The team at Tokyo’s Keio University has received government approval for a trial using so-called induced Pluripotent Stem (iPS) cells — which have the potential to develop into any cell in the body — to treat patients with serious spinal cord injuries.

The trial, expected to begin later this year, will initially focus on four patients who suffered their injuries just 14 to 28 days beforehand, the university said.

The team will transplant two million iPS cells into the spines of the patients, who will then go through rehabilitation and be monitored for a year.

The strict limitations on the number of participants is necessary because the process is an “unprecedented, world first clinical trial”, the university added.

“It’s been 20 years since I started researching cell treatment. Finally we can start a clinical trial,” Hideyuki Okano, a professor of physiology, said at a press conference.

“We want to do our best to establish safety and provide the treatment to patients,” he added.

The study will be carried out on patients aged 18 or older who have completely lost their motor and sensory functions.

There are more than 100,000 patients in Japan who are paralysed due to spinal cord injuries but there is no effective treatment.

The primary purpose of the trial is to confirm the safety of the transplanted cells and the method of the transplant, the researchers said.

The research team hopes to test the efficacy and safety of the treatment for chronic injuries as well in the future if they can confirm the safety of the technique through the clinical trial.

The announcement comes after researchers in Kyoto said in November they had transplanted iPS cells into the brain of a patient in a bid to cure Parkinson’s disease.

The man was stable after the operation and he will be monitored for two years.

The researchers injected 2.4 million iPS cells into the left side of the patient’s brain in an operation that took about three hours.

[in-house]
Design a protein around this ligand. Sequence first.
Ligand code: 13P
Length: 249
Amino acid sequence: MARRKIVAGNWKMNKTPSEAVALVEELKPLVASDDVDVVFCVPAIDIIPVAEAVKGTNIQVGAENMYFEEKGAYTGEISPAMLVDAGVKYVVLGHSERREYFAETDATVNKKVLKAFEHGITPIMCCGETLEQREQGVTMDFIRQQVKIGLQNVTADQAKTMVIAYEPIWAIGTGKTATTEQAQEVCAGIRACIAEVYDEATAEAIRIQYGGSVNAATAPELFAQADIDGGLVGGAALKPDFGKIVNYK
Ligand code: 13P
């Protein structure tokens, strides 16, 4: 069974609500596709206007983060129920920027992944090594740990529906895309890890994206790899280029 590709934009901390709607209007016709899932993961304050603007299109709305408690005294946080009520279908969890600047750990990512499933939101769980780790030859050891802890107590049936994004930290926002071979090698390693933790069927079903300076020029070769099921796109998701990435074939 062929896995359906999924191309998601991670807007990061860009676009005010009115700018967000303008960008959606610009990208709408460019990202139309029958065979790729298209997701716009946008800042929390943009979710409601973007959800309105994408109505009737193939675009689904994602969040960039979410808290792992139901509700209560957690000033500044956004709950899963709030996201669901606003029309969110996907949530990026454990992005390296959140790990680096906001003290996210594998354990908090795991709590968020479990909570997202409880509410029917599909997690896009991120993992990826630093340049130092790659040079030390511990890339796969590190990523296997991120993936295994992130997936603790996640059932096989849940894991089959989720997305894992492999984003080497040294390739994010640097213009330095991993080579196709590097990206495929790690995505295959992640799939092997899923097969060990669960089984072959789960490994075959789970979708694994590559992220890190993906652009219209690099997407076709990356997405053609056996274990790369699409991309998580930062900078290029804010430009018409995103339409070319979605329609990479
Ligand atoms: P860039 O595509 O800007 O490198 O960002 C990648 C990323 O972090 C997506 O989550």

Parkinson’s disease is a chronic, degenerative neurological disorder that affects the body’s motor system, often causing shaking and other difficulties in movement.

iPS cells are created by stimulating mature, already specialised, cells back into a juvenile state — basically cloning without the need for an embryo.

The cells can be transformed into a range of different types of cells, and their use is a key sector of medical research.

Stem cell experts, John Gurdon and Shinya Yamanaka win Nobel Prize for medicine

Two pioneers of stem cell research, Professor John Gurdon from the UK and Professor Shinya Yamanaka from Japan, have shared the Nobel Prize for medicine or physiology.

The two were awarded the prize for transforming specialised cells into stem cells, which can become any other type of cell in the body.

The Nobel committee said they had “revolutionised” science.

Prof Gurdon used a gut sample to clone frogs and Prof Yamanaka altered genes to re-programme cells.

In 1962, John Gurdon took the genetic information from a cell in the intestines of a frog and placed it inside a frog egg, which developed into a normal tadpole.

Shinya Yamanaka showed that specialised mouse cells could be reprogrammed to become stem cells by introducing four genes. The resulting stem cells could then be converted to other types of cell.

The Nobel committee said the discovery had “revolutionized our understanding of how cells and organisms develop.